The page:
d) “A well-united family.” Among adults (collaborators, educators, religious): paying attention so that we are not choked only and exclusively by the organizational issues and take good care of other dimensions of life, as it might be building meaningful relationships, sharing the ideals and educational values that inspire us and being available to live the experience of welcome communally, rather than individually. Complementarity between lay people and Josephites in the Family of St L. Murialdo: we all are equally invited to participate in the Murialdine spirituality sharing our lives and in the promotion of a culture of solidarity.
With young people: let us rediscover the family ambience and the naturalness of school and family life as assets able to qualify and ensure the right to education.

5. Education: a gift for us adults

Performing a service (either professional or volunteer) with young people is not only “helping” someone who may be in need of something. It is something that marks and can change the lives of adults. So to say that “communion with young people is an all-absorbing feeling for us, the Josephites; it is at the heart of our experience of communion with God” (Guidelines for Josephan ministry, 3.1).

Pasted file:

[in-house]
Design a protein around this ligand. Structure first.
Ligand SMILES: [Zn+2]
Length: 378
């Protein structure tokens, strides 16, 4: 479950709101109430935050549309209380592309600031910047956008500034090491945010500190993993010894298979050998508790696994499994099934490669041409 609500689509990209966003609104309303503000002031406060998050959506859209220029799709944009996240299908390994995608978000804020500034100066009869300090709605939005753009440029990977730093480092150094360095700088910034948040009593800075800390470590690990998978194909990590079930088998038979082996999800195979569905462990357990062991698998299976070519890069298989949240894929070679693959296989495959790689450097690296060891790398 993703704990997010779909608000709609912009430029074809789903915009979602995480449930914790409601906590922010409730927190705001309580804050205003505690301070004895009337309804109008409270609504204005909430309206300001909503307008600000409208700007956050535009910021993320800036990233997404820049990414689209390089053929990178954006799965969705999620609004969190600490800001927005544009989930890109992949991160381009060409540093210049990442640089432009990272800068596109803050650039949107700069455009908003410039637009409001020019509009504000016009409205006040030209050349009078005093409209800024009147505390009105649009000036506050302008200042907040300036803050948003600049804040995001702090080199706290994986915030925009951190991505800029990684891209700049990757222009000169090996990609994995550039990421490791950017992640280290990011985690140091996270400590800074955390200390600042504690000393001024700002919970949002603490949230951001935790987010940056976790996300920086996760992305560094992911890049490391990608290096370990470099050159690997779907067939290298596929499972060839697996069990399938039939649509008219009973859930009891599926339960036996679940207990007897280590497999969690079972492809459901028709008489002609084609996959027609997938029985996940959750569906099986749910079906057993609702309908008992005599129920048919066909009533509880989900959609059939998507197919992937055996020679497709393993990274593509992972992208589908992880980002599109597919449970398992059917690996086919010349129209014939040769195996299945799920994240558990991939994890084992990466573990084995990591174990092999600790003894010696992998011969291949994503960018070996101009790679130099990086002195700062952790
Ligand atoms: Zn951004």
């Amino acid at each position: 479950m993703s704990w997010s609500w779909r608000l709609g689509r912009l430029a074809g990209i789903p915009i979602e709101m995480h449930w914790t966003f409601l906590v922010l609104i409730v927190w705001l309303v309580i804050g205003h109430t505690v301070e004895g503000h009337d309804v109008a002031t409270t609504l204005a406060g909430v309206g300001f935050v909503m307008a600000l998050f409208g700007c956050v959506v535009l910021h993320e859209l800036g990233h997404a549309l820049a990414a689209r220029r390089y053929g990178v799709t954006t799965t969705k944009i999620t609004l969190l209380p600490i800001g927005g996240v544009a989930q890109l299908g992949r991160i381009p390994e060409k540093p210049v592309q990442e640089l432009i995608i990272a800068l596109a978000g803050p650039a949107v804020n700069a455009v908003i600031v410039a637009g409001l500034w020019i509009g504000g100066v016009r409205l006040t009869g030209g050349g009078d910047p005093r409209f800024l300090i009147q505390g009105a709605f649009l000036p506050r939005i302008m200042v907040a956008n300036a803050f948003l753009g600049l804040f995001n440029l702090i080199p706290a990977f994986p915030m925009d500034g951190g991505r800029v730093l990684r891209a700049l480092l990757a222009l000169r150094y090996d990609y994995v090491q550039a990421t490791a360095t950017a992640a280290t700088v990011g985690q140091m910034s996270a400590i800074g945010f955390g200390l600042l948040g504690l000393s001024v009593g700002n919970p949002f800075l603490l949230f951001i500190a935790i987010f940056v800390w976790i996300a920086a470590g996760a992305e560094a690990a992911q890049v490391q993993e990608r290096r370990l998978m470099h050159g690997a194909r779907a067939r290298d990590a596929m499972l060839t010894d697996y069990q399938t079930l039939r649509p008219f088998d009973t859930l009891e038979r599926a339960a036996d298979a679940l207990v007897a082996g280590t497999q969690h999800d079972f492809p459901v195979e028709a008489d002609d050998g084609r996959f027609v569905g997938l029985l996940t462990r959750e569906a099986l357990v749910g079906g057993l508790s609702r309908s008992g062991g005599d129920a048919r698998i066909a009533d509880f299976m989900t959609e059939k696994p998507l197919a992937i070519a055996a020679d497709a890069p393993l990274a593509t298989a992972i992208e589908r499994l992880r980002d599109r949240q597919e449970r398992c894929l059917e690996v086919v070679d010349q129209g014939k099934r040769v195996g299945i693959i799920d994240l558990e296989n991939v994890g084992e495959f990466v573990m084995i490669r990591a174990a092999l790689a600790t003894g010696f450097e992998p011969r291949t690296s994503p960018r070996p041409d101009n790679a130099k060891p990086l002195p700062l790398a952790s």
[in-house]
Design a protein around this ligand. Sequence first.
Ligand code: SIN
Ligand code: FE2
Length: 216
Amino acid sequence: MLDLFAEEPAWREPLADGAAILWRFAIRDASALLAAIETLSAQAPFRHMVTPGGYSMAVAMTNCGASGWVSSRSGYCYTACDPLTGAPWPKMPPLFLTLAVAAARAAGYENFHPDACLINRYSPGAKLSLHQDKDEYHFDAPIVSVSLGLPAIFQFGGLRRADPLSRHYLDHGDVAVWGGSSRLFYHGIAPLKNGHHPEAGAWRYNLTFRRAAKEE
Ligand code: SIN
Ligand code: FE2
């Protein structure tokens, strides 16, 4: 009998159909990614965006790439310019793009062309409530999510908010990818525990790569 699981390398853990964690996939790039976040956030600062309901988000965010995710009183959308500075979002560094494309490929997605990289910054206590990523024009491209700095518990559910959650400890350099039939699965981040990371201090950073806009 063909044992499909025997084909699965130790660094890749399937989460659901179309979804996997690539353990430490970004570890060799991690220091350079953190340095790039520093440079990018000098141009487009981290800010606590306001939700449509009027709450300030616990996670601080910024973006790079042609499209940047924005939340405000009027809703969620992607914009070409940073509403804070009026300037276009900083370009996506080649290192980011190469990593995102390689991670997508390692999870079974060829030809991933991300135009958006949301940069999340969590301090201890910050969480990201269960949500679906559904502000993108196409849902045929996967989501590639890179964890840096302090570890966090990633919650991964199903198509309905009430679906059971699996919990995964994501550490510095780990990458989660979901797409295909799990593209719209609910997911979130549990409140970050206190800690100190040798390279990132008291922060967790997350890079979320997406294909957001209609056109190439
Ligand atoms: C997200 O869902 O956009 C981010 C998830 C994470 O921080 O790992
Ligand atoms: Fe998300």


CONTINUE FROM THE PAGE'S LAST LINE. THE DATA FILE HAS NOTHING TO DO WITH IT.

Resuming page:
P. José Fidel Antón

[1] It would be interesting to consider some elements of pedagogy typical of the Murialdine tradition (the educational option, the centrality of the person, the community dimension of education) and read them as a source of spirituality (which inner attitudes they suggest us?), And vice versa: to consider some elements of the Murialdine spirituality (to welcome the young, especially the poor-weak, without pretending him to be different from what he is; to recognize the presence of Jesus in the young and educate him, as St. Joseph did; to be at the service of young people with full dedication and consciousness that the pursued ideal is never fully realized; to establish personal relationships with young people and with the other members of the educational community characterized by respect and kindness, in order to grow together; and to try to share with young people, getting involved emotionally) to grasp the options and educational stimuli that they suggest us..

This post is also available in: Italian Spanish Portuguese (Brazil)